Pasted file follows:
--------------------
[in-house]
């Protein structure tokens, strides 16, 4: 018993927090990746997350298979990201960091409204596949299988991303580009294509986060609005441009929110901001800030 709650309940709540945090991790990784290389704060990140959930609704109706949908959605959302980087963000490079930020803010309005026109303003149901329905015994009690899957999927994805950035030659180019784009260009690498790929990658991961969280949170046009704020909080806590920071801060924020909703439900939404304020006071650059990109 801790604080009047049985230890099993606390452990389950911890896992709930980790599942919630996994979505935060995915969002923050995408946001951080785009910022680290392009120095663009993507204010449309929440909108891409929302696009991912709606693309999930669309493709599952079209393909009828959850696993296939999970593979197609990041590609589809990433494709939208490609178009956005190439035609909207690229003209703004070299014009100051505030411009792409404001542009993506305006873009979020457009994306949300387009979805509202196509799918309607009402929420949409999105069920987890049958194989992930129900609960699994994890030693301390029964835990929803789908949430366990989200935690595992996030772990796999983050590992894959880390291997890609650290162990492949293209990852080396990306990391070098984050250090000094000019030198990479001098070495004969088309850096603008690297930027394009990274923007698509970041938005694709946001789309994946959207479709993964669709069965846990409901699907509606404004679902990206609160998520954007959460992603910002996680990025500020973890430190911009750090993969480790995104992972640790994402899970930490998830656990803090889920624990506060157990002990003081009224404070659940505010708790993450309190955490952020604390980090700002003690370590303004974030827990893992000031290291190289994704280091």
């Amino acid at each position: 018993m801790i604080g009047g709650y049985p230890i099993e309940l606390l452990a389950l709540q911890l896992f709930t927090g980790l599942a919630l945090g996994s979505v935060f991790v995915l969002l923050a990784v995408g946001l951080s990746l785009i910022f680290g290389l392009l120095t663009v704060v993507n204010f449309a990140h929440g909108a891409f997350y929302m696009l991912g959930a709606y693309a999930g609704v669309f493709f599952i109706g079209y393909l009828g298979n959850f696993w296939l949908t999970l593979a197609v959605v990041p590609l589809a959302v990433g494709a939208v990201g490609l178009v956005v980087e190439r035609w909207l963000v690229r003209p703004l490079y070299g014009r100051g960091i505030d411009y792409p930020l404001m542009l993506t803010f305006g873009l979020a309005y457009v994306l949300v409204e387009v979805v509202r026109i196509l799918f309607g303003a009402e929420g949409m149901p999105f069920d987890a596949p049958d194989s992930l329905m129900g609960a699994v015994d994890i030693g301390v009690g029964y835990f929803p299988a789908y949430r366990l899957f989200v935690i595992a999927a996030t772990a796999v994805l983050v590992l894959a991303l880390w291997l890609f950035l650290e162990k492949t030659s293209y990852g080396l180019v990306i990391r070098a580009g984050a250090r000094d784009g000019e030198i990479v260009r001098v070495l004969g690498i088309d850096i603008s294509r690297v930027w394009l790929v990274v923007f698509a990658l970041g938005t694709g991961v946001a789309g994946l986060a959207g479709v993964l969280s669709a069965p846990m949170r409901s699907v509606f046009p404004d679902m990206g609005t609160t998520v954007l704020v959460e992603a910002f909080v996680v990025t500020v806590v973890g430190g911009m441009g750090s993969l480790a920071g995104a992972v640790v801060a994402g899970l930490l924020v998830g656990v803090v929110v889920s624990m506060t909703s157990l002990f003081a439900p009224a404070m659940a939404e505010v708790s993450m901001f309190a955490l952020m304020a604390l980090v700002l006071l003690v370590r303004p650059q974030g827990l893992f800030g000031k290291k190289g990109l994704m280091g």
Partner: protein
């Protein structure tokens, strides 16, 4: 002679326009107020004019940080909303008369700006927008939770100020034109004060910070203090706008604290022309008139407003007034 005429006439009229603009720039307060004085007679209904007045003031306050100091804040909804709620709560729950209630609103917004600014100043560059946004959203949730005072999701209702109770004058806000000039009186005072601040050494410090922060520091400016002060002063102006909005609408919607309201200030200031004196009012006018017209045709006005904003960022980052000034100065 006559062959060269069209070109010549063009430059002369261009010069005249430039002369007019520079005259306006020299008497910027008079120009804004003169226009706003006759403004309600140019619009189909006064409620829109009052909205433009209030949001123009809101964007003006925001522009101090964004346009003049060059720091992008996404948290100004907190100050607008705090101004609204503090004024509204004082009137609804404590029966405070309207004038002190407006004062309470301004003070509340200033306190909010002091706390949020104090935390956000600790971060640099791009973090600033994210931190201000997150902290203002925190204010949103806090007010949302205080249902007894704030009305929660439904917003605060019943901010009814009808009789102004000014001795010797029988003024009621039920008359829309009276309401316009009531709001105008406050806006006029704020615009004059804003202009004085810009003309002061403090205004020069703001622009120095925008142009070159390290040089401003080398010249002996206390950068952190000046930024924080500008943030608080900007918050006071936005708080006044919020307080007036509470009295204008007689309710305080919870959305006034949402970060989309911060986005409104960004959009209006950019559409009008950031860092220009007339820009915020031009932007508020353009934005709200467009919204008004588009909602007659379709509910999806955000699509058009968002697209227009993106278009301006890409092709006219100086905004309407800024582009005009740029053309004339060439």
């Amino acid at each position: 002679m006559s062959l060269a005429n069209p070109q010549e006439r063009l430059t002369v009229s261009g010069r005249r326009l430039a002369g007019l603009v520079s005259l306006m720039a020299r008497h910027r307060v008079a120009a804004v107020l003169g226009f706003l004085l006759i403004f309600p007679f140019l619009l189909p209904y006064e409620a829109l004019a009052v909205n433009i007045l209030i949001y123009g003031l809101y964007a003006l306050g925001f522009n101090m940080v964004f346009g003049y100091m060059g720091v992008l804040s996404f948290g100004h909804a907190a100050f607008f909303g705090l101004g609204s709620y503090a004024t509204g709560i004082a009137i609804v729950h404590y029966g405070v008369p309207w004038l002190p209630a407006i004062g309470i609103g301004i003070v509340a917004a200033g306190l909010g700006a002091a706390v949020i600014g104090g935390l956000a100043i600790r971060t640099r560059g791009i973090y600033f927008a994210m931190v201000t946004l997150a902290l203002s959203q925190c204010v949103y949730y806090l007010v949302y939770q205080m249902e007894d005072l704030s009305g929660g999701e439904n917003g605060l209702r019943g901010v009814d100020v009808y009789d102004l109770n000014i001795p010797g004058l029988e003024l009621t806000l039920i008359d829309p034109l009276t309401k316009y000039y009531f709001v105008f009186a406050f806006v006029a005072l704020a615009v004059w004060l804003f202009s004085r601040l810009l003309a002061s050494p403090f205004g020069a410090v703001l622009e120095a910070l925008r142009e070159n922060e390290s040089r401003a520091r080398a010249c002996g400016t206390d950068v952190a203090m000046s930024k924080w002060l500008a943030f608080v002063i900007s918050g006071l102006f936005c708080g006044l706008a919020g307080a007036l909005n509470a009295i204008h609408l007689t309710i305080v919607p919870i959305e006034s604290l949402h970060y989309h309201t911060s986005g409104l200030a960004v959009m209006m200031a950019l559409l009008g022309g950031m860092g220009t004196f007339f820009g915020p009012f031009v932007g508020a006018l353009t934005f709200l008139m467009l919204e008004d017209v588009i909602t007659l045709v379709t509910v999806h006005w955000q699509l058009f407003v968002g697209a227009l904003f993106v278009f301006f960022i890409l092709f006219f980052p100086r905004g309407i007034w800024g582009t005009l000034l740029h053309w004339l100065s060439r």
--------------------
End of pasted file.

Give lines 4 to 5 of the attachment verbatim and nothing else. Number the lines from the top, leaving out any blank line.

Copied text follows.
Partner: protein
């Protein structure tokens, strides 16, 4: 002679326009107020004019940080909303008369700006927008939770100020034109004060910070203090706008604290022309008139407003007034 005429006439009229603009720039307060004085007679209904007045003031306050100091804040909804709620709560729950209630609103917004600014100043560059946004959203949730005072999701209702109770004058806000000039009186005072601040050494410090922060520091400016002060002063102006909005609408919607309201200030200031004196009012006018017209045709006005904003960022980052000034100065 006559062959060269069209070109010549063009430059002369261009010069005249430039002369007019520079005259306006020299008497910027008079120009804004003169226009706003006759403004309600140019619009189909006064409620829109009052909205433009209030949001123009809101964007003006925001522009101090964004346009003049060059720091992008996404948290100004907190100050607008705090101004609204503090004024509204004082009137609804404590029966405070309207004038002190407006004062309470301004003070509340200033306190909010002091706390949020104090935390956000600790971060640099791009973090600033994210931190201000997150902290203002925190204010949103806090007010949302205080249902007894704030009305929660439904917003605060019943901010009814009808009789102004000014001795010797029988003024009621039920008359829309009276309401316009009531709001105008406050806006006029704020615009004059804003202009004085810009003309002061403090205004020069703001622009120095925008142009070159390290040089401003080398010249002996206390950068952190000046930024924080500008943030608080900007918050006071936005708080006044919020307080007036509470009295204008007689309710305080919870959305006034949402970060989309911060986005409104960004959009209006950019559409009008950031860092220009007339820009915020031009932007508020353009934005709200467009919204008004588009909602007659379709509910999806955000699509058009968002697209227009993106278009301006890409092709006219100086905004309407800024582009005009740029053309004339060439």